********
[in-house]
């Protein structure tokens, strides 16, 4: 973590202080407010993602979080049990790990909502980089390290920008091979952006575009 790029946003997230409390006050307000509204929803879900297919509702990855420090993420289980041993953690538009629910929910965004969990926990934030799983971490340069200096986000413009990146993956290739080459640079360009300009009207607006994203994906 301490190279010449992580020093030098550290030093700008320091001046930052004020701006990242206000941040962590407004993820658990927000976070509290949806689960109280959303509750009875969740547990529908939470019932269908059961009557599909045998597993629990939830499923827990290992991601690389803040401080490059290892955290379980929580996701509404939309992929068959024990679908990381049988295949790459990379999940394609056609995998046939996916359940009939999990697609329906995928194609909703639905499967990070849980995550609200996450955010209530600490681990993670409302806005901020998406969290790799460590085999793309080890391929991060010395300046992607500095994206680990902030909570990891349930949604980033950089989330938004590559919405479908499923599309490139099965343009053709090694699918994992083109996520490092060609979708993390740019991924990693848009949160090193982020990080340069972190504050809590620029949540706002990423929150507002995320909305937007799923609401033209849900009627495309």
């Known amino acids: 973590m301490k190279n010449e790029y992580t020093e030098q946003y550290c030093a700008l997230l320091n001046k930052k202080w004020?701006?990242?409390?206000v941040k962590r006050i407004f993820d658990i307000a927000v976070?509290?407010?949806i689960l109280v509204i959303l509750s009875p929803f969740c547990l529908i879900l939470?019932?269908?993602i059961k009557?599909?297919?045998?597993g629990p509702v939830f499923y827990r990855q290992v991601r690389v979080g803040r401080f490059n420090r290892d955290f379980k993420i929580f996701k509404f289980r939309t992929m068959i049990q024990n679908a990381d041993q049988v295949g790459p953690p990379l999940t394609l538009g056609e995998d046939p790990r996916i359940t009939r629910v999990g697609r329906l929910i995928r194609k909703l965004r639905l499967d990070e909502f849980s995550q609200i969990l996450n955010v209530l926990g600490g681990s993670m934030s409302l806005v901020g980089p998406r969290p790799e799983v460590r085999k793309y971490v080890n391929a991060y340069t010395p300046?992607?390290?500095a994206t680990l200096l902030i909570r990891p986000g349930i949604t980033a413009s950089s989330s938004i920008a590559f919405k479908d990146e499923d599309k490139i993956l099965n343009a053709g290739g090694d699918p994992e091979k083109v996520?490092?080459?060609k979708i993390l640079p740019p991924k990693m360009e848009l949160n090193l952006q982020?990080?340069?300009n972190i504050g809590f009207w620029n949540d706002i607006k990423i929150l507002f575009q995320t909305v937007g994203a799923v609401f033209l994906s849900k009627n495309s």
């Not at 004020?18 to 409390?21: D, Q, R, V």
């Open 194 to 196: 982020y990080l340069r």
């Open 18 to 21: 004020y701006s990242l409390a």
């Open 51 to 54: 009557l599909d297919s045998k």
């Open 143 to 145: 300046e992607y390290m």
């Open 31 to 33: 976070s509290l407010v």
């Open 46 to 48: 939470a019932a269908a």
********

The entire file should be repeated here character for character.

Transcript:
[in-house]
């Protein structure tokens, strides 16, 4: 973590202080407010993602979080049990790990909502980089390290920008091979952006575009 790029946003997230409390006050307000509204929803879900297919509702990855420090993420289980041993953690538009629910929910965004969990926990934030799983971490340069200096986000413009990146993956290739080459640079360009300009009207607006994203994906 301490190279010449992580020093030098550290030093700008320091001046930052004020701006990242206000941040962590407004993820658990927000976070509290949806689960109280959303509750009875969740547990529908939470019932269908059961009557599909045998597993629990939830499923827990290992991601690389803040401080490059290892955290379980929580996701509404939309992929068959024990679908990381049988295949790459990379999940394609056609995998046939996916359940009939999990697609329906995928194609909703639905499967990070849980995550609200996450955010209530600490681990993670409302806005901020998406969290790799460590085999793309080890391929991060010395300046992607500095994206680990902030909570990891349930949604980033950089989330938004590559919405479908499923599309490139099965343009053709090694699918994992083109996520490092060609979708993390740019991924990693848009949160090193982020990080340069972190504050809590620029949540706002990423929150507002995320909305937007799923609401033209849900009627495309």
């Known amino acids: 973590m301490k190279n010449e790029y992580t020093e030098q946003y550290c030093a700008l997230l320091n001046k930052k202080w004020?701006?990242?409390?206000v941040k962590r006050i407004f993820d658990i307000a927000v976070?509290?407010?949806i689960l109280v509204i959303l509750s009875p929803f969740c547990l529908i879900l939470?019932?269908?993602i059961k009557?599909?297919?045998?597993g629990p509702v939830f499923y827990r990855q290992v991601r690389v979080g803040r401080f490059n420090r290892d955290f379980k993420i929580f996701k509404f289980r939309t992929m068959i049990q024990n679908a990381d041993q049988v295949g790459p953690p990379l999940t394609l538009g056609e995998d046939p790990r996916i359940t009939r629910v999990g697609r329906l929910i995928r194609k909703l965004r639905l499967d990070e909502f849980s995550q609200i969990l996450n955010v209530l926990g600490g681990s993670m934030s409302l806005v901020g980089p998406r969290p790799e799983v460590r085999k793309y971490v080890n391929a991060y340069t010395p300046?992607?390290?500095a994206t680990l200096l902030i909570r990891p986000g349930i949604t980033a413009s950089s989330s938004i920008a590559f919405k479908d990146e499923d599309k490139i993956l099965n343009a053709g290739g090694d699918p994992e091979k083109v996520?490092?080459?060609k979708i993390l640079p740019p991924k990693m360009e848009l949160n090193l952006q982020?990080?340069?300009n972190i504050g809590f009207w620029n949540d706002i607006k990423i929150l507002f575009q995320t909305v937007g994203a799923v609401f033209l994906s849900k009627n495309s």
């Not at 004020?18 to 409390?21: D, Q, R, V």
């Open 194 to 196: 982020y990080l340069r």
């Open 18 to 21: 004020y701006s990242l409390a």
């Open 51 to 54: 009557l599909d297919s045998k």
């Open 143 to 145: 300046e992607y390290m």
């Open 31 to 33: 976070s509290l407010v």
């Open 46 to 48: 939470a019932a269908a």